"The reader will here find no regions cursed with irremediable barrenness, or blest with spontaneous fecundity; no perpetual gloom, or unceasing sunshine; nor are the nations here described either devo1d of all sense of humanity, or consummate in all p.ivate or social virtues. Here are no Hottentots without religious policy or articulate language; no Chinese perfectly polite, and completely skilled in all sciences; he will discover, what will always be discovered by a diligent and impartial enquirer, that wherever human nature is to be found, there is a mixture «f vice and virtue, a contest of passion and reason; and that the Creator doth not appear partial in his distributions, but has balanced, in most countries, their particular inconveniencies by particular favours." Here we have an early example of that brilliant and energetic expression, which, upon innumerable occasions in his subsequent life, justly impressed the world with the highest admiration.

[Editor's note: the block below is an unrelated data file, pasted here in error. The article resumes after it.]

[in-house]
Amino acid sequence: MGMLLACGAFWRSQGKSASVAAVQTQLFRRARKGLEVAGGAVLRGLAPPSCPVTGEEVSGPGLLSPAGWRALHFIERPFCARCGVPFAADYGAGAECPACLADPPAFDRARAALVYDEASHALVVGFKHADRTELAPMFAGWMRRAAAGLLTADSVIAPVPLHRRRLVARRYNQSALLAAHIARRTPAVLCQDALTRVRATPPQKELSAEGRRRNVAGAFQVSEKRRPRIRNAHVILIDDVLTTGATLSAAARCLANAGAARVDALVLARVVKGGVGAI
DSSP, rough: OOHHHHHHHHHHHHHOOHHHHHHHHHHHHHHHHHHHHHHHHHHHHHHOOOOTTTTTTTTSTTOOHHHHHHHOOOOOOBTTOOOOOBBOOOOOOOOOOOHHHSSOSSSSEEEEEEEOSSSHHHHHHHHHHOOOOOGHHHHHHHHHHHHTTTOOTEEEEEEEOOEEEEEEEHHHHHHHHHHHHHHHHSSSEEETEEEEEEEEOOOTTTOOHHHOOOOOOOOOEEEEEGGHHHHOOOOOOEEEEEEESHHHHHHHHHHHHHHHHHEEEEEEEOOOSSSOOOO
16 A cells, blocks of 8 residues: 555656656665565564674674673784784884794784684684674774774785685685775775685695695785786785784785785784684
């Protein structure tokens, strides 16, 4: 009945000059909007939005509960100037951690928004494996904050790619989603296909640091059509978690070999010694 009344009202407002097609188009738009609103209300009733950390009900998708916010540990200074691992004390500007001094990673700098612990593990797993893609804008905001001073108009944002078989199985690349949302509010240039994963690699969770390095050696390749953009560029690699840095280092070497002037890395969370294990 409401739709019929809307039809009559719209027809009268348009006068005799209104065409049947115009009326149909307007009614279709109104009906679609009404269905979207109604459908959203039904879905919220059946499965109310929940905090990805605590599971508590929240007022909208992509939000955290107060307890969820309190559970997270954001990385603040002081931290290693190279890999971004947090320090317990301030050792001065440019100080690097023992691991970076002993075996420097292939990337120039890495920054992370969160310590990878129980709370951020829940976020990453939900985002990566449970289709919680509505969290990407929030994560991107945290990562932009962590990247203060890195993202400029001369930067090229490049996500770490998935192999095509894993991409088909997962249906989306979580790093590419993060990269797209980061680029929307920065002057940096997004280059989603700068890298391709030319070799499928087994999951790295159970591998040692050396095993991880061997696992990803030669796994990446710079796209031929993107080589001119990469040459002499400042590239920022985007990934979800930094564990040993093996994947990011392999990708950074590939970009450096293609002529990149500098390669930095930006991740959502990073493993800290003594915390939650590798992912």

Nor can any one, conversant with the writings of Johnson, fail to discern his hand in this passage of the Dedication to John Warren, Esq. of Pembrokeshire, though it is ascribed to Warren the bookseller. "An generous and elevated mind is distinguished by nothing more certainly than an eminent degree of curiosity ; nor is that curiosity ever more agreeably or usefully employed, than in examining the laws and customs of foreign nations. 1 hope, therefore, the present I now presume to make, will not be thought improper; which, however, it is not my business as as a dedicator to commend, nor us a bookseller to depreciate."